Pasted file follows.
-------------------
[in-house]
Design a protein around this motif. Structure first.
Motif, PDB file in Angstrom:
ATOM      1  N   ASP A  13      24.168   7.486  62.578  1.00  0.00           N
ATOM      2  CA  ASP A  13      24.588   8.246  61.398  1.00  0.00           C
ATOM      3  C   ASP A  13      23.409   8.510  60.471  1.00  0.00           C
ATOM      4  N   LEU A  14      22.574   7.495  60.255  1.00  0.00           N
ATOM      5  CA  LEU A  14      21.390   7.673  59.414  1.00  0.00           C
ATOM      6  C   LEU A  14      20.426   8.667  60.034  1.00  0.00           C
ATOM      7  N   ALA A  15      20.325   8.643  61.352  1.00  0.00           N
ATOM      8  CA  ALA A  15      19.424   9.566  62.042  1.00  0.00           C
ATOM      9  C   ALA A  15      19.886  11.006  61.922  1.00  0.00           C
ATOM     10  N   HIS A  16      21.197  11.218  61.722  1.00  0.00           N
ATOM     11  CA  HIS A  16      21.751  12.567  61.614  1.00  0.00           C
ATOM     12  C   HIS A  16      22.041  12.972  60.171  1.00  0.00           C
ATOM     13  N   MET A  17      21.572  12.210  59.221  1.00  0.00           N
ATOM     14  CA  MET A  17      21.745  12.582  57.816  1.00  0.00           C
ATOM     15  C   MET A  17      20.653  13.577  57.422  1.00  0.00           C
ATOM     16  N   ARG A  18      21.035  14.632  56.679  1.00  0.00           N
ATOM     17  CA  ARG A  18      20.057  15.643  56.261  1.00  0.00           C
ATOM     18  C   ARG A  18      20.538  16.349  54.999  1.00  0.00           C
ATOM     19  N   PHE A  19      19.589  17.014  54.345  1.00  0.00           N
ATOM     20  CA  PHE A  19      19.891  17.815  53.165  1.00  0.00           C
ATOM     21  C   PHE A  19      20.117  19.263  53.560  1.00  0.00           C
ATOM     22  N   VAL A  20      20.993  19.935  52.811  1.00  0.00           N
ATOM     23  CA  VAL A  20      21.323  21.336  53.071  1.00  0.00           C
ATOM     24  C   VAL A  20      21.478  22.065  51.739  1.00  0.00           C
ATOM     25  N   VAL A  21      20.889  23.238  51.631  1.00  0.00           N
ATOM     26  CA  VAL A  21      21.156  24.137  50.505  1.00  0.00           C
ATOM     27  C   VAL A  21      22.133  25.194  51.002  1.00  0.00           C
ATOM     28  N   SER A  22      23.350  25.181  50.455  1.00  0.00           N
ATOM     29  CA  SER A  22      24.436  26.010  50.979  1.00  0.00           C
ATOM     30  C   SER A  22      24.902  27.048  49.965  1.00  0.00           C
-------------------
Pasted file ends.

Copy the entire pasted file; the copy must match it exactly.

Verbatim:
[in-house]
Design a protein around this motif. Structure first.
Motif, PDB file in Angstrom:
ATOM      1  N   ASP A  13      24.168   7.486  62.578  1.00  0.00           N
ATOM      2  CA  ASP A  13      24.588   8.246  61.398  1.00  0.00           C
ATOM      3  C   ASP A  13      23.409   8.510  60.471  1.00  0.00           C
ATOM      4  N   LEU A  14      22.574   7.495  60.255  1.00  0.00           N
ATOM      5  CA  LEU A  14      21.390   7.673  59.414  1.00  0.00           C
ATOM      6  C   LEU A  14      20.426   8.667  60.034  1.00  0.00           C
ATOM      7  N   ALA A  15      20.325   8.643  61.352  1.00  0.00           N
ATOM      8  CA  ALA A  15      19.424   9.566  62.042  1.00  0.00           C
ATOM      9  C   ALA A  15      19.886  11.006  61.922  1.00  0.00           C
ATOM     10  N   HIS A  16      21.197  11.218  61.722  1.00  0.00           N
ATOM     11  CA  HIS A  16      21.751  12.567  61.614  1.00  0.00           C
ATOM     12  C   HIS A  16      22.041  12.972  60.171  1.00  0.00           C
ATOM     13  N   MET A  17      21.572  12.210  59.221  1.00  0.00           N
ATOM     14  CA  MET A  17      21.745  12.582  57.816  1.00  0.00           C
ATOM     15  C   MET A  17      20.653  13.577  57.422  1.00  0.00           C
ATOM     16  N   ARG A  18      21.035  14.632  56.679  1.00  0.00           N
ATOM     17  CA  ARG A  18      20.057  15.643  56.261  1.00  0.00           C
ATOM     18  C   ARG A  18      20.538  16.349  54.999  1.00  0.00           C
ATOM     19  N   PHE A  19      19.589  17.014  54.345  1.00  0.00           N
ATOM     20  CA  PHE A  19      19.891  17.815  53.165  1.00  0.00           C
ATOM     21  C   PHE A  19      20.117  19.263  53.560  1.00  0.00           C
ATOM     22  N   VAL A  20      20.993  19.935  52.811  1.00  0.00           N
ATOM     23  CA  VAL A  20      21.323  21.336  53.071  1.00  0.00           C
ATOM     24  C   VAL A  20      21.478  22.065  51.739  1.00  0.00           C
ATOM     25  N   VAL A  21      20.889  23.238  51.631  1.00  0.00           N
ATOM     26  CA  VAL A  21      21.156  24.137  50.505  1.00  0.00           C
ATOM     27  C   VAL A  21      22.133  25.194  51.002  1.00  0.00           C
ATOM     28  N   SER A  22      23.350  25.181  50.455  1.00  0.00           N
ATOM     29  CA  SER A  22      24.436  26.010  50.979  1.00  0.00           C
ATOM     30  C   SER A  22      24.902  27.048  49.965  1.00  0.00           C